Saturday, January 9, 2010

The Catcher in the Rye

Teen angst: a common theme that runs throughout movies, televsion shows, literature and music. One notable example of teenage angst in literature is J.D. Salinger's debut novel The Catcher in the Rye.

Holden Caulfield has been expelled from his school for his poor grades. Instead of going back to his home he roams the streets of New York City, encountering "phonies" along the way.

Salinger definitely hits the mark with making his readers connect with Holden (yes, I'm one of those readers). Unfortunately for Mr. Salinger, his best-known work is associated with many infamous crimes. For instance, Mark David Chapman was found reading a copy of The Catcher in the Rye shortly after shooting and killing John Lennon. Apparently, Chapman identified with the lead of the book so much he wanted to change his name Holden Caulfield. Looks like the connecting with the readers has a negative effect.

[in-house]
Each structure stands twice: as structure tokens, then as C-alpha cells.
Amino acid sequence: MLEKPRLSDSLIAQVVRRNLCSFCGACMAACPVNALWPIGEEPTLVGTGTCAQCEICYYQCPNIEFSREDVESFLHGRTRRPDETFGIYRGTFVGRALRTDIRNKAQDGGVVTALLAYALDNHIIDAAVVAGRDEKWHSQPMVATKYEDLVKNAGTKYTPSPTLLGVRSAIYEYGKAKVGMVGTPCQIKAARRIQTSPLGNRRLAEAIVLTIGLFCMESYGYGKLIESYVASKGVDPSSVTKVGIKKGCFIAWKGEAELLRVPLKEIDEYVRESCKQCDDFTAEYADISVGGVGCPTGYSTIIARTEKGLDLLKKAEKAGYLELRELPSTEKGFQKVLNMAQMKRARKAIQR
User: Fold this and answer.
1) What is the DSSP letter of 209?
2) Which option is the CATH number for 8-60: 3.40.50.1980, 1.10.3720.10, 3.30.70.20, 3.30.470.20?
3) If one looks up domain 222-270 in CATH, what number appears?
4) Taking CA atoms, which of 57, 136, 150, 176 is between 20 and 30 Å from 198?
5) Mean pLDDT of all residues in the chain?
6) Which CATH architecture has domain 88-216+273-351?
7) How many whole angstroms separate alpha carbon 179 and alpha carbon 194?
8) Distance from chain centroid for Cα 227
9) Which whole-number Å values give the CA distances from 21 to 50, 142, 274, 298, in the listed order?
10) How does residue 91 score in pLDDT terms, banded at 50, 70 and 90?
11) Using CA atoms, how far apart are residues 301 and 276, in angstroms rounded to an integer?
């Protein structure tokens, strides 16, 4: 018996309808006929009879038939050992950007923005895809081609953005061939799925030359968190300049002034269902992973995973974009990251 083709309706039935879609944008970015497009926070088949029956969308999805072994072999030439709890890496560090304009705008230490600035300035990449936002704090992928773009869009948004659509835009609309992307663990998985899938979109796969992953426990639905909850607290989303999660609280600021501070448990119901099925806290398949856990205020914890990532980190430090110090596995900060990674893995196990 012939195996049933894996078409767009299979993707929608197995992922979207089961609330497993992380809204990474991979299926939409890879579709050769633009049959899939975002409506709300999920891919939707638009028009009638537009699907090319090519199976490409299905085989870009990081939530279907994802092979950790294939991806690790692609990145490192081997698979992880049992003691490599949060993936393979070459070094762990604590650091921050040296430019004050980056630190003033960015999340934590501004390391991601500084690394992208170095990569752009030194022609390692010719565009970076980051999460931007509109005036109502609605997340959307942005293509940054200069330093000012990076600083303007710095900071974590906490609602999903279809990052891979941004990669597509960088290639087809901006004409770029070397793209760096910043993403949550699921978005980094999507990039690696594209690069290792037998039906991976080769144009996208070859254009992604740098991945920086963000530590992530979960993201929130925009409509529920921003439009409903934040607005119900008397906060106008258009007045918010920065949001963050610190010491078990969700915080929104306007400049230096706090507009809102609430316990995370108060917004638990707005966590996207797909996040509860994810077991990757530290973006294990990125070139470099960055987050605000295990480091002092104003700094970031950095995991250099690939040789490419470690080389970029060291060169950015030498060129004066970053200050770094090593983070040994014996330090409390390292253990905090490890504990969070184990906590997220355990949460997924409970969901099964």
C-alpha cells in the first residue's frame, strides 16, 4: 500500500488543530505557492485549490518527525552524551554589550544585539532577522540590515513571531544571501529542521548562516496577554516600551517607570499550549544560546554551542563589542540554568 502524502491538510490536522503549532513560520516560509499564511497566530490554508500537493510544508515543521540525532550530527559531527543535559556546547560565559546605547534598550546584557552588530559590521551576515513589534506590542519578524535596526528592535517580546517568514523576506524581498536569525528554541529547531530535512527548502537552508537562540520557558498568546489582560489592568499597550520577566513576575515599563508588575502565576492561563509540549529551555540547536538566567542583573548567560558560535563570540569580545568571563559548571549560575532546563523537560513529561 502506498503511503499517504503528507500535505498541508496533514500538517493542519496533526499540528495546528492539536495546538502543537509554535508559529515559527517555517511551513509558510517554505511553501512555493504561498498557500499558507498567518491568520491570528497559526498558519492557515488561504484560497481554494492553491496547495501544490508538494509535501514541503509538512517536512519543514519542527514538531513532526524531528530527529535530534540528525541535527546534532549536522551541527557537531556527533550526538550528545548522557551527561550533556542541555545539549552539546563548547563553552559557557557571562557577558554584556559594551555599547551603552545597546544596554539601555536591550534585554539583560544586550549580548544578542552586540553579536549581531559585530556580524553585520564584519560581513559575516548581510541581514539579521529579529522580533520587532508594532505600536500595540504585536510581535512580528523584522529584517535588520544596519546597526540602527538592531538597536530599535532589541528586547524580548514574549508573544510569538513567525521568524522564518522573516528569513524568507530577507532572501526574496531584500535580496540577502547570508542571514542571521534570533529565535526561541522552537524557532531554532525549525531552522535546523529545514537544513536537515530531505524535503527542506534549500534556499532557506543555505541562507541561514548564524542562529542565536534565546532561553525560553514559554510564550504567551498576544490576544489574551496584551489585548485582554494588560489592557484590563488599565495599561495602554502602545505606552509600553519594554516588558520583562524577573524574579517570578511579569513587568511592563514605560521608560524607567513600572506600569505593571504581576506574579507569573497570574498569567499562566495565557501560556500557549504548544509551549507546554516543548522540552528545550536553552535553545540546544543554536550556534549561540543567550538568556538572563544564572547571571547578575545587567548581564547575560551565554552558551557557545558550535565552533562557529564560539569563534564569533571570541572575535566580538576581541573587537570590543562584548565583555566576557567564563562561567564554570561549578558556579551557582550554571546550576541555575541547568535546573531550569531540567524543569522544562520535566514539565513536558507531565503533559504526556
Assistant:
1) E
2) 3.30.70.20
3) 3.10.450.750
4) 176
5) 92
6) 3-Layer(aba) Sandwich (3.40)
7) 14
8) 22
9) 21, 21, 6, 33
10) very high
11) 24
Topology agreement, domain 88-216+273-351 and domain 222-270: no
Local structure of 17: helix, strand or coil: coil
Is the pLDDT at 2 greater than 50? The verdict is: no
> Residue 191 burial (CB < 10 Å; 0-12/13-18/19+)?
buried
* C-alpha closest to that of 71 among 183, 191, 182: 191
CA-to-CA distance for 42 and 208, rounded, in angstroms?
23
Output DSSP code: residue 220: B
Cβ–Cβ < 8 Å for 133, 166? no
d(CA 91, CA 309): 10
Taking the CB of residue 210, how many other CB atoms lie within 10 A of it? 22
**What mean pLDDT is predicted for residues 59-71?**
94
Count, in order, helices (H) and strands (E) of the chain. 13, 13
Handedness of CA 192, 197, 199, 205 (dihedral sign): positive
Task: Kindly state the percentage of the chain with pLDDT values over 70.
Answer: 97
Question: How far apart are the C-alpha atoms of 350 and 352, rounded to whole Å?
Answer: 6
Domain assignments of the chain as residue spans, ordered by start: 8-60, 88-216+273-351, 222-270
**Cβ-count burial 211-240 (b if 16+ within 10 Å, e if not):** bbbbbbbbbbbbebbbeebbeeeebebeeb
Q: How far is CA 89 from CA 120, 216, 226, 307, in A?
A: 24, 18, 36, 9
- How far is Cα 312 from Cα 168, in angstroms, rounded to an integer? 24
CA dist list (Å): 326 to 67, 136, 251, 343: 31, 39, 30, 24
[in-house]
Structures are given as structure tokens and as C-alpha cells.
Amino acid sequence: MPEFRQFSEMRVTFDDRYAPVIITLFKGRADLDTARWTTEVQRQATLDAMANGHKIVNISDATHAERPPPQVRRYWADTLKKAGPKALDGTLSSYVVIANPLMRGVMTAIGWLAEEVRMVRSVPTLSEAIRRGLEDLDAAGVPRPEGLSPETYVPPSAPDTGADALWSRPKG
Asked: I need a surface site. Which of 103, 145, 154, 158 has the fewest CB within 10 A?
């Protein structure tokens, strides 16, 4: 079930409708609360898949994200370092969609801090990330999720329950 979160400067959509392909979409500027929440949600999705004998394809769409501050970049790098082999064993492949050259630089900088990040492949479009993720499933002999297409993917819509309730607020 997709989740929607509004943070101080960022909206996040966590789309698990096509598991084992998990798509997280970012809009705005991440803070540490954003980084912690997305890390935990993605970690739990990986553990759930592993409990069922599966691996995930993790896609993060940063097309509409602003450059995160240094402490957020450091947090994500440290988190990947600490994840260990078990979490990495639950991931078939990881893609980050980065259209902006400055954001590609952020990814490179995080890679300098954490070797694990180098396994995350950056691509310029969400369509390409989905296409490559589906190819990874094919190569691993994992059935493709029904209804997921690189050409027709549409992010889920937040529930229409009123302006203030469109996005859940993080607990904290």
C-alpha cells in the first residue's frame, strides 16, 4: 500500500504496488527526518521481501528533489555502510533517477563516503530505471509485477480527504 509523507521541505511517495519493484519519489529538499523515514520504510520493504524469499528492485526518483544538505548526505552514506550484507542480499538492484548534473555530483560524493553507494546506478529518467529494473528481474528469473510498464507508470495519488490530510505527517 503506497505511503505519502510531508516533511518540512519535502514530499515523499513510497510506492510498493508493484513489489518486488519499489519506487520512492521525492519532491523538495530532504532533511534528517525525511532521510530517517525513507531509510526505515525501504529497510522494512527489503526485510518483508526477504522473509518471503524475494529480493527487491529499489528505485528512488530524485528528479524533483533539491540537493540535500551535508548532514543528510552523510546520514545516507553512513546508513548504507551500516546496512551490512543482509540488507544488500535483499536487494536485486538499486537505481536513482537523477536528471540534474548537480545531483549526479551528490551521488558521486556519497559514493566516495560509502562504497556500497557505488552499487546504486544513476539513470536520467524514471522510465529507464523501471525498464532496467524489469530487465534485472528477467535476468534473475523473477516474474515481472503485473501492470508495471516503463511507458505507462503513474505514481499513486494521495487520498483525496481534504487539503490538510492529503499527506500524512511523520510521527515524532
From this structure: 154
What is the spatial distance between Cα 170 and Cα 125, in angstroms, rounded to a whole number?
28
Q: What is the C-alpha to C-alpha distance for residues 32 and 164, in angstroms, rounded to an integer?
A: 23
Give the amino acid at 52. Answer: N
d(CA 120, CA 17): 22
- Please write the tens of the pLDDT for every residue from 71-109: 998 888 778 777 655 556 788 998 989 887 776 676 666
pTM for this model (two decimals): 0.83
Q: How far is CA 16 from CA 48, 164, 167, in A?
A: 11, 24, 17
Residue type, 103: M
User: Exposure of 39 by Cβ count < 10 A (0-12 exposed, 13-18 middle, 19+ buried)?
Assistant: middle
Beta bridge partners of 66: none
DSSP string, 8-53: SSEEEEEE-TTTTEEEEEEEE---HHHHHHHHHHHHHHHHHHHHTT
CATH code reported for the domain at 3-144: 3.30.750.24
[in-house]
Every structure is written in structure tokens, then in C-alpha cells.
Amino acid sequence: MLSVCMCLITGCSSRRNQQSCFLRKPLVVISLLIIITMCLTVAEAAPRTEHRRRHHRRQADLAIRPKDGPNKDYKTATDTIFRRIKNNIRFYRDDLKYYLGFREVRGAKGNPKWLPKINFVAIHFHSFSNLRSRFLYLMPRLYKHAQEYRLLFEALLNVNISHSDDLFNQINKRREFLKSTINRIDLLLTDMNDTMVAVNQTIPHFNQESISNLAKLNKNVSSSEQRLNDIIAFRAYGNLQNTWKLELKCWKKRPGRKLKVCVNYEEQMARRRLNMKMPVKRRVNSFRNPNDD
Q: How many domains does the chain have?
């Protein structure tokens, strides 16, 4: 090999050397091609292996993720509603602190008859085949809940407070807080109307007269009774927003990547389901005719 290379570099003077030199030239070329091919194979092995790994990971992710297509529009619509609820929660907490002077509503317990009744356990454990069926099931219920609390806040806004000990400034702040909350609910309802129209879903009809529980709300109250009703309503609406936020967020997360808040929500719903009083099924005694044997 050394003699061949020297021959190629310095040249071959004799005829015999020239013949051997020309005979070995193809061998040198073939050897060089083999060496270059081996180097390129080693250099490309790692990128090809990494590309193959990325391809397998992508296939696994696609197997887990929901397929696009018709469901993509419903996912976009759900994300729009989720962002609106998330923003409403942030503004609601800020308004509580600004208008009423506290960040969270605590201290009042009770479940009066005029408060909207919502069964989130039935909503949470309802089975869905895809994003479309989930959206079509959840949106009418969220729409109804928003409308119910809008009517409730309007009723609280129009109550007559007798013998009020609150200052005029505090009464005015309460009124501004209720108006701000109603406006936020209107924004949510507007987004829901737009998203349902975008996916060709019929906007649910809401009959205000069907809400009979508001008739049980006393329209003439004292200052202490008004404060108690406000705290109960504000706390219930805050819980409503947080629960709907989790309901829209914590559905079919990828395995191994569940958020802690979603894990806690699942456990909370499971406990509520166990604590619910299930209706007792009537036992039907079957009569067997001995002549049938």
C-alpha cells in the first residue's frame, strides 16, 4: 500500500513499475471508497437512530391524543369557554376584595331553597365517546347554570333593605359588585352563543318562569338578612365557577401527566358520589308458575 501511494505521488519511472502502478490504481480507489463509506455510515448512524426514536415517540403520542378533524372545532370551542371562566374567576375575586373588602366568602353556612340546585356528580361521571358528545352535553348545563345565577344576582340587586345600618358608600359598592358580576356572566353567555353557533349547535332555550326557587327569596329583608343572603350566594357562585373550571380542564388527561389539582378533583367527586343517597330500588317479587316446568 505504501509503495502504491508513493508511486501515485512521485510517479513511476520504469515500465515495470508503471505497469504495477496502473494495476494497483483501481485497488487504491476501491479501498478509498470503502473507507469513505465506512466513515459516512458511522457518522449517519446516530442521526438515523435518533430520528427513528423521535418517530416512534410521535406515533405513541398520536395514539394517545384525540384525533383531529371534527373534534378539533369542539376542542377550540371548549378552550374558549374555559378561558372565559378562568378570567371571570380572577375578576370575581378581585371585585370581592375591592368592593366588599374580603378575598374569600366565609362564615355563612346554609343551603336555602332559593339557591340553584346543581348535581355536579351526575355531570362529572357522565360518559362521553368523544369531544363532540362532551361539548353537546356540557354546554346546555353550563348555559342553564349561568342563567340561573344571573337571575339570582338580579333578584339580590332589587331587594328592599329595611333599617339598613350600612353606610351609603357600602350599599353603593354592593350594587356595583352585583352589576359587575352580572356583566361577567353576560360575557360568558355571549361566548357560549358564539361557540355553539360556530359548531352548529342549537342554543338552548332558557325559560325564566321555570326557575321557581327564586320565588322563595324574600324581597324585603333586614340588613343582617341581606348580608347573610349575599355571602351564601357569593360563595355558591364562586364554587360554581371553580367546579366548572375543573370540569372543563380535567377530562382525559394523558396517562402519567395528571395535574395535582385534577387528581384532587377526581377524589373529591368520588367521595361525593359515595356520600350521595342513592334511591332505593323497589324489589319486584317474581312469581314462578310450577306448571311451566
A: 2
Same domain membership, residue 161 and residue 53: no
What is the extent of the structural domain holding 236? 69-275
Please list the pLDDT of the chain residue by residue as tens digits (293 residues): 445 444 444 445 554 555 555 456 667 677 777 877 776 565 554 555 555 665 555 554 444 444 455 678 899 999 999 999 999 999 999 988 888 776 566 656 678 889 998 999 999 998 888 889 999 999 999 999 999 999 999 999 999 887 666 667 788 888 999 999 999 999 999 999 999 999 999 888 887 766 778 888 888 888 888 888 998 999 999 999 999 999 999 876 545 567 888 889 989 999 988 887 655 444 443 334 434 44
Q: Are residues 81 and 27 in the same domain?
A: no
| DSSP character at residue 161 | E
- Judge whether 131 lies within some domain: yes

My Rating: *****


  1. I'm actually studying this book for school right now. It is quite lovely. Thanks for that tidbit about Chapman though. Weird.

  2. I was once told that you had to read The Cathcher In The Rye when you were a teenager otherwise it was too difficult to identify with. I did but I still struggled to sympathise with Caulfield.

    If you liked this try a book called Ripley Bogle by Robert McLiam Wilson. It's about a young tramp living in London and deals with his perceptions and dissafections. An interesting story although I can't guarentee you'll like the narrator!

  3. One of my absolute favourite novels. I too can wholeheartedly say that I too identifies a lot with Holden Caulfield - esp. his teenage angst, when I'd read the book. And the pitch-black cynicism - ah, that was freaking amazing!!!


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